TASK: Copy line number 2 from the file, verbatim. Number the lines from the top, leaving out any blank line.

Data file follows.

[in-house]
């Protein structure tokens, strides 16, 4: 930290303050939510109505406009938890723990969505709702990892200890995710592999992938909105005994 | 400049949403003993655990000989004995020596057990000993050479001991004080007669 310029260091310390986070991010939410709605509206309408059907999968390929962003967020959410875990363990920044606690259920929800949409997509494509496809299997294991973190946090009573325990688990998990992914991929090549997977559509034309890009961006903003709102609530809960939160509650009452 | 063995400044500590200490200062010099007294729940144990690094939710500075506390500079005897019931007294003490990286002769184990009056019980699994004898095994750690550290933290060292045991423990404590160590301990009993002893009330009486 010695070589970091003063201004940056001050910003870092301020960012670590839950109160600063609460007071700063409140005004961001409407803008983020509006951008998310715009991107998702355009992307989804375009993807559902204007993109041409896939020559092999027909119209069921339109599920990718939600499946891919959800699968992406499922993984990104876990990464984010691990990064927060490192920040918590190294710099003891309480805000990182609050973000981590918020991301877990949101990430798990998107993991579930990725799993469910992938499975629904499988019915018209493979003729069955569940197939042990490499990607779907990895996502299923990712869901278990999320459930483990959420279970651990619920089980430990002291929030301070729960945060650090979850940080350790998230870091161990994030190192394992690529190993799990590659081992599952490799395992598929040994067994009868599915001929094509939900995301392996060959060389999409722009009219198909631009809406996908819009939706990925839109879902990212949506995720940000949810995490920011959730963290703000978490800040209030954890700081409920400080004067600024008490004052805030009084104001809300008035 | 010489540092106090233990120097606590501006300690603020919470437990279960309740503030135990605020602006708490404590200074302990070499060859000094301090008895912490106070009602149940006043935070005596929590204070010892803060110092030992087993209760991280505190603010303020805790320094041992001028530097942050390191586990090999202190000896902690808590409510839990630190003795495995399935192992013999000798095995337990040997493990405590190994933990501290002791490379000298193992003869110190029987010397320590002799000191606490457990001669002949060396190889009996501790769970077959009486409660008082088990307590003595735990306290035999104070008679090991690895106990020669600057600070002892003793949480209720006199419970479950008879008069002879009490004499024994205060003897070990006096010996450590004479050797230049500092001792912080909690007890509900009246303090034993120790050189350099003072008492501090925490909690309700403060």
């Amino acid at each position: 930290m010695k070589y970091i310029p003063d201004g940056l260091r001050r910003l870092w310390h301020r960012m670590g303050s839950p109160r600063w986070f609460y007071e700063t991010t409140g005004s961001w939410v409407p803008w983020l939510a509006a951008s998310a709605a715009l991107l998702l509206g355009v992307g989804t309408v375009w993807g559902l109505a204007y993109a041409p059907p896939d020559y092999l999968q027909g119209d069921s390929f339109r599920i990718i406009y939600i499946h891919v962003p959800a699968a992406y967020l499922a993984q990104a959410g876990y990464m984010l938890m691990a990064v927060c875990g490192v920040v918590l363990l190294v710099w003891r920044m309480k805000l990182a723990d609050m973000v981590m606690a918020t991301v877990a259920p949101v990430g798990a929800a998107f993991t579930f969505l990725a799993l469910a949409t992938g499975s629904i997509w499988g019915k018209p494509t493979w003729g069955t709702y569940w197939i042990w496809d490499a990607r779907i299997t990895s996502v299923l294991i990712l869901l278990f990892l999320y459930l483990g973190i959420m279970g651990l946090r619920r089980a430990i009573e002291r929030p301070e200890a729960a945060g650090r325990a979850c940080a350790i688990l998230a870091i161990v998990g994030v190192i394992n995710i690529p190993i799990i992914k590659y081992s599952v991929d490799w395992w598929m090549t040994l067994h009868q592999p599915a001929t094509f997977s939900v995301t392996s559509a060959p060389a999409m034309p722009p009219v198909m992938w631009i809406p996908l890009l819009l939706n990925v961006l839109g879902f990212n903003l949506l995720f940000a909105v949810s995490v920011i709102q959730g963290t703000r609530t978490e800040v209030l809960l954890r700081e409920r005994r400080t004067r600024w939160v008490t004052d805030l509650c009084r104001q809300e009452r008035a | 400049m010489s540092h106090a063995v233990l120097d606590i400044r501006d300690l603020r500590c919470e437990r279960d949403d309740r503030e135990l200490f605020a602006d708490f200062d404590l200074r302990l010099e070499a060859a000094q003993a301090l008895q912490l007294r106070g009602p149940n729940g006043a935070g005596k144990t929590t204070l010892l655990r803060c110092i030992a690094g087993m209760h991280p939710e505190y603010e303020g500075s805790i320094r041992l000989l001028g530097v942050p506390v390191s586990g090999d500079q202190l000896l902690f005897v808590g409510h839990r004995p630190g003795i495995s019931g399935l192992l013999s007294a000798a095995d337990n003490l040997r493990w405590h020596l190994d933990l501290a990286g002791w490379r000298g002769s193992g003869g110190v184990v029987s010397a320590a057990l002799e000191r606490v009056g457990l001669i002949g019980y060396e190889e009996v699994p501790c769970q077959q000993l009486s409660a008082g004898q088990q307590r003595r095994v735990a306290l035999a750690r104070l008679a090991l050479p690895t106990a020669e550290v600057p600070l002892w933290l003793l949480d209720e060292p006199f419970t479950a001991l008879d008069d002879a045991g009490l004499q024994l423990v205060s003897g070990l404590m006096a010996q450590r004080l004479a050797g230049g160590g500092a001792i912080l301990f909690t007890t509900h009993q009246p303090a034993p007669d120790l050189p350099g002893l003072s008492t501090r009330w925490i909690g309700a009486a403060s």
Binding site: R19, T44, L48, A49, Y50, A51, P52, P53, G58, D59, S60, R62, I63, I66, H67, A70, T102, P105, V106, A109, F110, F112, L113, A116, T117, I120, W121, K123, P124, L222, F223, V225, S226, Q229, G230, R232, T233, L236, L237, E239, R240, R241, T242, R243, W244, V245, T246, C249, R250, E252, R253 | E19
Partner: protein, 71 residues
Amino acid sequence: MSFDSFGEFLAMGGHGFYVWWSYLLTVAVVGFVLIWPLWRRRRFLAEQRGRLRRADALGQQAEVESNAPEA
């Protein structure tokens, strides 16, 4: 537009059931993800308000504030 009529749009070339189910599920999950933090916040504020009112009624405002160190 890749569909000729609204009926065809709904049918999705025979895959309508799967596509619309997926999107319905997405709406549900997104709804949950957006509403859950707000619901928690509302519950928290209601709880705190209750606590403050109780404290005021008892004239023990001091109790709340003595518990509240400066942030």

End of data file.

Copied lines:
């Protein structure tokens, strides 16, 4: 930290303050939510109505406009938890723990969505709702990892200890995710592999992938909105005994 | 400049949403003993655990000989004995020596057990000993050479001991004080007669 310029260091310390986070991010939410709605509206309408059907999968390929962003967020959410875990363990920044606690259920929800949409997509494509496809299997294991973190946090009573325990688990998990992914991929090549997977559509034309890009961006903003709102609530809960939160509650009452 | 063995400044500590200490200062010099007294729940144990690094939710500075506390500079005897019931007294003490990286002769184990009056019980699994004898095994750690550290933290060292045991423990404590160590301990009993002893009330009486 010695070589970091003063201004940056001050910003870092301020960012670590839950109160600063609460007071700063409140005004961001409407803008983020509006951008998310715009991107998702355009992307989804375009993807559902204007993109041409896939020559092999027909119209069921339109599920990718939600499946891919959800699968992406499922993984990104876990990464984010691990990064927060490192920040918590190294710099003891309480805000990182609050973000981590918020991301877990949101990430798990998107993991579930990725799993469910992938499975629904499988019915018209493979003729069955569940197939042990490499990607779907990895996502299923990712869901278990999320459930483990959420279970651990619920089980430990002291929030301070729960945060650090979850940080350790998230870091161990994030190192394992690529190993799990590659081992599952490799395992598929040994067994009868599915001929094509939900995301392996060959060389999409722009009219198909631009809406996908819009939706990925839109879902990212949506995720940000949810995490920011959730963290703000978490800040209030954890700081409920400080004067600024008490004052805030009084104001809300008035 | 010489540092106090233990120097606590501006300690603020919470437990279960309740503030135990605020602006708490404590200074302990070499060859000094301090008895912490106070009602149940006043935070005596929590204070010892803060110092030992087993209760991280505190603010303020805790320094041992001028530097942050390191586990090999202190000896902690808590409510839990630190003795495995399935192992013999000798095995337990040997493990405590190994933990501290002791490379000298193992003869110190029987010397320590002799000191606490457990001669002949060396190889009996501790769970077959009486409660008082088990307590003595735990306290035999104070008679090991690895106990020669600057600070002892003793949480209720006199419970479950008879008069002879009490004499024994205060003897070990006096010996450590004479050797230049500092001792912080909690007890509900009246303090034993120790050189350099003072008492501090925490909690309700403060």